It’s a sunny Saturday morning in Braddock and in a vacant lot along the stretch of the main avenue are two colorful shipping containers. A woman with modern-looking freestanding crutches on one leg is holding a baby in one arm and a box of donated clothing in the other, shuttling between the two containers, stopping to talk to people midway. It’s a balancing act for sure, and Gisele Barreto Fetterman does it effortlessly.
Barreto-Fetterman is working at the Free Store, an organization she founded two years ago on October 2, to provide a service that would make a difference to the community where she lives. “I wanted to create a place where we can take existing resources and use that to solve a problem. In this case clothing and basic goods that many take for granted, and in so doing, contribute some sense of security for someone who is going through very difficult times.”
The idea for the Free Store has been something Barreto-Fetterman had been thinking about since she moved to Braddock almost seven years ago. One day, she decided it was time and came up with the logo that she used as a visual mantra to keep the project moving. She scouted a location and quickly found one. “There were so many open lots from buildings that have been demolished. I wanted to take one of those spaces and put something up that is useful to the community. I didn’t want a brick and mortar space, I wanted something sustainable, something that already uses what we have.”
And that is truly one of the underlying philosophies of the Free Store: working with what is already available. Redirecting resources–that would otherwise be wasted or discarded—toward individuals and organizations that can use them.
“People ask me, “how can I help, what can I buy?” and I tell everyone to only donate what they already have or can find. I only say yes to diapers and formula because we always need those–but I don’t want to add to consumerism. I only want to solve problems with resources that already exist, especially since so much goes to waste.”
She found a vacant lot and reached out to Heritage Community Initiatives which owns it. Then she bought a shipping container, funded by the honorarium her husband, Braddock Mayor John Fetterman, received in a speaking engagement.
For the Free Store’s opening weekend two years ago, the inventory consisted of what Barreto-Fetterman had in her closet and children’s clothes from a clothing drive that a Carter’s store at the Waterfront ran for the organization.
“That was one of our early challenges—how do we keep inventory available?” she says. But that challenge was short-lived as the grand opening was a wild success and donations started to come regularly.
“We also partnered with Kids/Fashion Delivers who direct new product donations to us. Some of the brands that we have had the fortune of receiving include Carter’s, Gymboree and Crazy 8. And last year we were so happy to be able to give out so many Lego sets during the holiday season.”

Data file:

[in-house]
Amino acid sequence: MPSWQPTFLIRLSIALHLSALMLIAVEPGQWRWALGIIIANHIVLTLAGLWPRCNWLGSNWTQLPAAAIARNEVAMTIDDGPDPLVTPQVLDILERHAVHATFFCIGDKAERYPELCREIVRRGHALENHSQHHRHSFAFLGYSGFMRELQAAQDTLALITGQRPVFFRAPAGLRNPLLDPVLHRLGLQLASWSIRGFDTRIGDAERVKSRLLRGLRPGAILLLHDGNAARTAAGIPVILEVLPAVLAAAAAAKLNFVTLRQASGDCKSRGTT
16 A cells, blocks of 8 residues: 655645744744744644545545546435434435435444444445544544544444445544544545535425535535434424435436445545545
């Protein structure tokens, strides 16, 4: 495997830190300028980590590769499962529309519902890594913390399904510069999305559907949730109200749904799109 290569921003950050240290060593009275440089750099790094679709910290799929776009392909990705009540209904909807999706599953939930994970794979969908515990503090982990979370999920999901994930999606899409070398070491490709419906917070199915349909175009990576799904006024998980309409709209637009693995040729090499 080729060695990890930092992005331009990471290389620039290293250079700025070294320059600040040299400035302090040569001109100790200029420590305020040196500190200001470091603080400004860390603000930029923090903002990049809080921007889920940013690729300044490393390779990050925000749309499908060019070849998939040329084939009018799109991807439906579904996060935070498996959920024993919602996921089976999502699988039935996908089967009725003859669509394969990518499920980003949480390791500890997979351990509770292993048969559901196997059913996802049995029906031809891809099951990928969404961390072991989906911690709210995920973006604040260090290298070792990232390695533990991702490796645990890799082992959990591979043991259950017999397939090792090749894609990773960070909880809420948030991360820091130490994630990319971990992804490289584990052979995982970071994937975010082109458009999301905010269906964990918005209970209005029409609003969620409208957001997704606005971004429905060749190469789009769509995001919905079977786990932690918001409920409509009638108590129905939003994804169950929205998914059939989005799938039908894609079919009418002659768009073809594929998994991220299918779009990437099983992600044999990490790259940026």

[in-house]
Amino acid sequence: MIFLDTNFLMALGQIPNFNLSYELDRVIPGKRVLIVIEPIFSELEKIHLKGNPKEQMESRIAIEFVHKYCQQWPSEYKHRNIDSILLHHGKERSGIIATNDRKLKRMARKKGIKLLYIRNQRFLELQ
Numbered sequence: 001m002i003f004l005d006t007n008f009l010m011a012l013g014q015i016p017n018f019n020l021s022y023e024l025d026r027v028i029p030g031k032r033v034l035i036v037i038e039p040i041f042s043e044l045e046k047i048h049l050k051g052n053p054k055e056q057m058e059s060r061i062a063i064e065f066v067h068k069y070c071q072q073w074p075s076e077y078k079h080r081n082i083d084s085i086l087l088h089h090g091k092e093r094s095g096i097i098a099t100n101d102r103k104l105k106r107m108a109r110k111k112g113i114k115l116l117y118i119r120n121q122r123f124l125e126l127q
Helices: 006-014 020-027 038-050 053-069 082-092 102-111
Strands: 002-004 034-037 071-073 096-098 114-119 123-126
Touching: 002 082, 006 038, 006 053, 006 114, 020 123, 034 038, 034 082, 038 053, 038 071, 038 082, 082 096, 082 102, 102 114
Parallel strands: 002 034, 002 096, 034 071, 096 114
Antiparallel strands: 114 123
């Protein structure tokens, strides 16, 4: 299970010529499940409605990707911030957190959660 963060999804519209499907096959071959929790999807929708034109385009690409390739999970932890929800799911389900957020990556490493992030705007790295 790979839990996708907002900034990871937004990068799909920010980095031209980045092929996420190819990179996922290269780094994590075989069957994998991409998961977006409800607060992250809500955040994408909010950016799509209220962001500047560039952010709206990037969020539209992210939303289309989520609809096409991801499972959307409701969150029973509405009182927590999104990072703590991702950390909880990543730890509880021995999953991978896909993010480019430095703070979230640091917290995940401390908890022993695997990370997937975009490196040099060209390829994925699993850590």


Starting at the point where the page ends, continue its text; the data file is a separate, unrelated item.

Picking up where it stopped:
The Free Store received so many Legos last year that Barreto-Fetterman sent out a media alert and people came from far and wide. “That was really special and I’m very grateful for their support.”
On November 5th, Kids/Fashion Delivers is holding a gala at the Museum of Natural History in New York City and the Free Store is one of the three agencies that will be featured in a video that highlights how the agency puts their partnerships to work. It’s a recognition that Barreto-Fetterman appreciates.
The Free Store also receives regular donations from companies like Costco and McGinnis Sisters and has been the recipient of sets, props and clothes from movies that were shot in Pittsburgh.
Barreto-Fetterman is quick to mention that while donations from large organizations make a huge difference, the Freestore “depends on the consistency of everyday donors” to keep a stable inventory.
The Free Store is open three days a week on Tuesdays and Thursdays from 1:00-2:30 and on Saturdays from 11:00-2:00. It is run completely by volunteers and the only overhead is a $30 a month electric bill.
The Free Store will hold a celebration of its second year anniversary on October 4 with music, food and, of course, free things.
Since opening, the Free Store has grown to serve 400 people a week and is the first-stop for many social services in the county. “We serve households who foster children, women who are leaving abusive relationships, parents who have lost their jobs,” says Baretto-Fetterman.
The Free Store turns no one away and never asks for qualifications. Everyone is served equally. “People ask me, how do you know that that person is in need?” says Baretto-Fetterman. “My response is always, “because they told me they were.”